As the economy emerges from the pandemic, we should expect a sea change in HMRC’s approach to recovering tax debt.
Protecting livelihoods, keeping people in work, and helping businesses with temporary cash flow issues to survive. These have been HMRC’s guiding principles on tax debt since the start of the COVID19 pandemic. Now things are starting to change.
How is HMRC’s approach changing?
Now the government support schemes have been wound down, HMRC is beginning to return to something nearer its normal debt collection procedure. Although it’s still committed to what it calls an ‘understanding and supportive approach’, the word ‘but’ forms part of the updated messaging: ‘But where businesses have little chance of recovery, we do have a responsibility to act’. The emphasis is now on supporting those ‘viable businesses where we can’.
Contact HMRC if there’s tax outstanding
HMRC urges any business or individual worried about paying tax to phone its dedicated Payment Support Service as soon as possible. Where taxpayers don’t take the initiative, HMRC will itself make contact and the importance of responding can’t be overstated. Initial HMRC triage for tax debt is to establish if taxpayers can’t, or simply won’t, pay. Cooperation here is vital; failure to engage may mean enforcement procedures are escalated to the next level.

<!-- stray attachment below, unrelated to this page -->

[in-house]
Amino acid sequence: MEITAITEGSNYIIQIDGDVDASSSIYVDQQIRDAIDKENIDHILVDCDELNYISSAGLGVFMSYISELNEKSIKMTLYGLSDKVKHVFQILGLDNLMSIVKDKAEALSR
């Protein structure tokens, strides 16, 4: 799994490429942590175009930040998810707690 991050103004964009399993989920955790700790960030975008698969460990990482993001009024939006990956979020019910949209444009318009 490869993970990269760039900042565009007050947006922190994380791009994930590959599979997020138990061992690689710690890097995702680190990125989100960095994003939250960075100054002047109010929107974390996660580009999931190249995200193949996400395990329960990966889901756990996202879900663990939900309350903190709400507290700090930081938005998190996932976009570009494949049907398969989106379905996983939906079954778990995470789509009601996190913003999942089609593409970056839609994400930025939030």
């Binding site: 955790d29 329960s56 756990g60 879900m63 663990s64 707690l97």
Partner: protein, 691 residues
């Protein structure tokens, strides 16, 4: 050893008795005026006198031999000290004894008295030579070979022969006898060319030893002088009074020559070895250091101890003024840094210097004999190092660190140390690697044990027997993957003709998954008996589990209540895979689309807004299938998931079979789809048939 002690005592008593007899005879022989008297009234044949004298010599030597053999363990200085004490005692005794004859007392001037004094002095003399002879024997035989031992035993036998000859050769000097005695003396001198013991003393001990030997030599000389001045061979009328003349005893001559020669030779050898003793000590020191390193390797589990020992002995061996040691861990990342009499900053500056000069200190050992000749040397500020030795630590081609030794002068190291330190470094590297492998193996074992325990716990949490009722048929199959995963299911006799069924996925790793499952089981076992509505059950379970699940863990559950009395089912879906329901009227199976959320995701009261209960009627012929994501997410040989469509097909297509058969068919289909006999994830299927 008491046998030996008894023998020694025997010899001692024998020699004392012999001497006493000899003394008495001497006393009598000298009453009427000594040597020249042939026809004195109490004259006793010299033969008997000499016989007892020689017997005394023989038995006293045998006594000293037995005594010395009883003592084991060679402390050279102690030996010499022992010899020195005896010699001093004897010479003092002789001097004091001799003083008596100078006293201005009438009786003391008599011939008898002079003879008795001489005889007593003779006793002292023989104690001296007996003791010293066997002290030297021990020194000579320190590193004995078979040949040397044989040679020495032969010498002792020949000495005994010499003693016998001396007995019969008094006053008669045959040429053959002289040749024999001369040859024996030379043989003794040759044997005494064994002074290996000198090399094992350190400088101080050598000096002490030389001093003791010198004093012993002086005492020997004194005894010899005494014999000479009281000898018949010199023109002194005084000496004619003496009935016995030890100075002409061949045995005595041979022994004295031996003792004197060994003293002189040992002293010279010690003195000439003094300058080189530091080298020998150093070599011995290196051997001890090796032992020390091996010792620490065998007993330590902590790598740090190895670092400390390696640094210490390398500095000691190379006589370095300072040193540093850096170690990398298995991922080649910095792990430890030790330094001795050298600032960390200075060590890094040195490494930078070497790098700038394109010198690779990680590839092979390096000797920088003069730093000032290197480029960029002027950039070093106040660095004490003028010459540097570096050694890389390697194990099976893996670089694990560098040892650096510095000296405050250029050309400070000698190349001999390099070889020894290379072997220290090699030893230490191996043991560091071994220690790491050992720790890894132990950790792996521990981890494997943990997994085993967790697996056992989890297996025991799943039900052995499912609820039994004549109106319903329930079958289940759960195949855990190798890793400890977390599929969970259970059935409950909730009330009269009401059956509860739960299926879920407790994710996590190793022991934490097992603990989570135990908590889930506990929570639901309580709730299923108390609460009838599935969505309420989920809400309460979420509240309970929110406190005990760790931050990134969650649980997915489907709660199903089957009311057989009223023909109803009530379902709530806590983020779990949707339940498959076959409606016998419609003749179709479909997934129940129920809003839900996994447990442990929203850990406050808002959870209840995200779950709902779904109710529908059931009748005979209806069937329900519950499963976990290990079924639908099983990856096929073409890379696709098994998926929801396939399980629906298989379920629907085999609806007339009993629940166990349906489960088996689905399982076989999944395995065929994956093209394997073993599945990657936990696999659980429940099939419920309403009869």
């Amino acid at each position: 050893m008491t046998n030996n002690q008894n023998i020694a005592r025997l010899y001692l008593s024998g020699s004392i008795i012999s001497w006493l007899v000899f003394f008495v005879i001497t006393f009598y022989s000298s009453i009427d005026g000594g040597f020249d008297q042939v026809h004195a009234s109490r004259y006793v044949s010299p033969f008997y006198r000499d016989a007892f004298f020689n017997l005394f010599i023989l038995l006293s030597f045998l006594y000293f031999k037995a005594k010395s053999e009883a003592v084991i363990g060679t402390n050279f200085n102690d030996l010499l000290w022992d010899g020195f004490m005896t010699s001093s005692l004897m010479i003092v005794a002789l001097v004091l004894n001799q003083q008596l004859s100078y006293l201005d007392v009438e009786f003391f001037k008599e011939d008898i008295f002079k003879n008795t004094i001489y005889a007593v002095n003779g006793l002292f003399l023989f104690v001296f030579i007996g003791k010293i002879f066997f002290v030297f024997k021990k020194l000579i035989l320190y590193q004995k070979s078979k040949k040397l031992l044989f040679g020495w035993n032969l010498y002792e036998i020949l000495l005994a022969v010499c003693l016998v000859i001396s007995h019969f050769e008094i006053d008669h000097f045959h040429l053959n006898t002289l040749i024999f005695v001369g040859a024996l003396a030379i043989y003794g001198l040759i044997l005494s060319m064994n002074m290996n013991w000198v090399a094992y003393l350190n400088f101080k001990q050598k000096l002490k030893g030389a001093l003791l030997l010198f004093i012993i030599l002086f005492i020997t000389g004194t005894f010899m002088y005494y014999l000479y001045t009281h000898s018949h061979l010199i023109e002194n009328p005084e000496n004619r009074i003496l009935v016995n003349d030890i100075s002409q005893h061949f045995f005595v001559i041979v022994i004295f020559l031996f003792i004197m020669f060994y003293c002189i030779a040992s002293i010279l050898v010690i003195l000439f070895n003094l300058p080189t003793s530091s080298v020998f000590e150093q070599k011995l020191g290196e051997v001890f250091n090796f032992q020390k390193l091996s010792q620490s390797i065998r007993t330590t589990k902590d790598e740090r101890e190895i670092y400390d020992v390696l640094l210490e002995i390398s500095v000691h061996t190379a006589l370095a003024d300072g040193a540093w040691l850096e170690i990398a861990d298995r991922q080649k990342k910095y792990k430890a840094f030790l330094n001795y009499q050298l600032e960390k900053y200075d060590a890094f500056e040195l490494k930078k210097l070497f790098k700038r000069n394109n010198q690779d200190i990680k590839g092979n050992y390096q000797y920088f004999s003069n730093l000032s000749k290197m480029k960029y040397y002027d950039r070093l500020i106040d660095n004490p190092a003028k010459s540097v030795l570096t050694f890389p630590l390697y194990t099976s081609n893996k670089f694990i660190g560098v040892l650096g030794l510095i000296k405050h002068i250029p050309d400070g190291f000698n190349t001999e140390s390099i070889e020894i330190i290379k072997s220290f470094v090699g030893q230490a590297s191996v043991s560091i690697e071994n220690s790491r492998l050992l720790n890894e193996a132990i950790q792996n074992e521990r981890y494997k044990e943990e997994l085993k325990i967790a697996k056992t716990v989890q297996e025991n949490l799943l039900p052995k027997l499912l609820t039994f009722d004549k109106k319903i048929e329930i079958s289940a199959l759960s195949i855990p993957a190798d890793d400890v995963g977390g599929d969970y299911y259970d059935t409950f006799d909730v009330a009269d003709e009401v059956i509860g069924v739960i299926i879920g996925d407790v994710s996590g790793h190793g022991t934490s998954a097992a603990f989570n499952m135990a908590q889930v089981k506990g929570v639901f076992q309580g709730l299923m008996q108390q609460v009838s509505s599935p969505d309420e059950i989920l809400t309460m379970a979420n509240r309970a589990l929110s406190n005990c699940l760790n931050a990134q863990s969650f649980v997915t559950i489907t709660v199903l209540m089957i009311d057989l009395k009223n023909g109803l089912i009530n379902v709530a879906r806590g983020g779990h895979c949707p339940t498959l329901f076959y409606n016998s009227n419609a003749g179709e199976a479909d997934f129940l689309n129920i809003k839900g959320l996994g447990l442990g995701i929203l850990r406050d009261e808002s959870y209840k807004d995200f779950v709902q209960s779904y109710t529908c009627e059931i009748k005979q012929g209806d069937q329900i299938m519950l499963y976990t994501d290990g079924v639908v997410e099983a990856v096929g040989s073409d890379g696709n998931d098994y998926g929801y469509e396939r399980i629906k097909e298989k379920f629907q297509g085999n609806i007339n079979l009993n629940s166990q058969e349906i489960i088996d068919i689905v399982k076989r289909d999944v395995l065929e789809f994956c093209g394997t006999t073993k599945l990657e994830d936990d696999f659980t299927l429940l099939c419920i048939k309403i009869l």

HMRC says, ‘If you can pay your taxes then you should do so – but if you’re struggling, we want to work with you to agree a plan based on your financial position.’
Negotiating Time to Pay
HMRC support includes Time to Pay repayment plans for tax. Payment plans are arranged to fit individual circumstances, with the aim of paying as quickly and affordably as possible. HMRC will also consider short-term deferrals where nothing is paid for a short set period.
If a business has used a government loan support package, like the Bounce Back Loan Scheme, HMRC expects it to use the flexibility this provides to the full. This could mean, for example, extending repayment terms to maximise the chance of keeping up to date with tax payments. HMRC also advises that the existence of such a loan doesn’t prevent HMRC debt collection activity – even, as a last resort, pursuing insolvency.
When taxpayers refuse to pay
If taxpayers fail to respond, or refuse to pay, HMRC may want to visit either the home or business premises. Although the aim at this stage is still to agree a payment or payment plan without further action.
Where someone is unwilling to discuss a payment plan or ignores its attempts to make contact, HMRC may now start the process of collecting tax debt using its enforcement powers.
Whilst the emphasis is still on a ‘cautious approach’ to debt enforcement action, HMRC powers are extensive. It is obviously wise to take appropriate action before things get to this stage. Where a company is considering a Company Voluntary Arrangement, early engagement with HMRC is particularly important.
If you have any concerns about the payment of tax, please talk to us for further advice.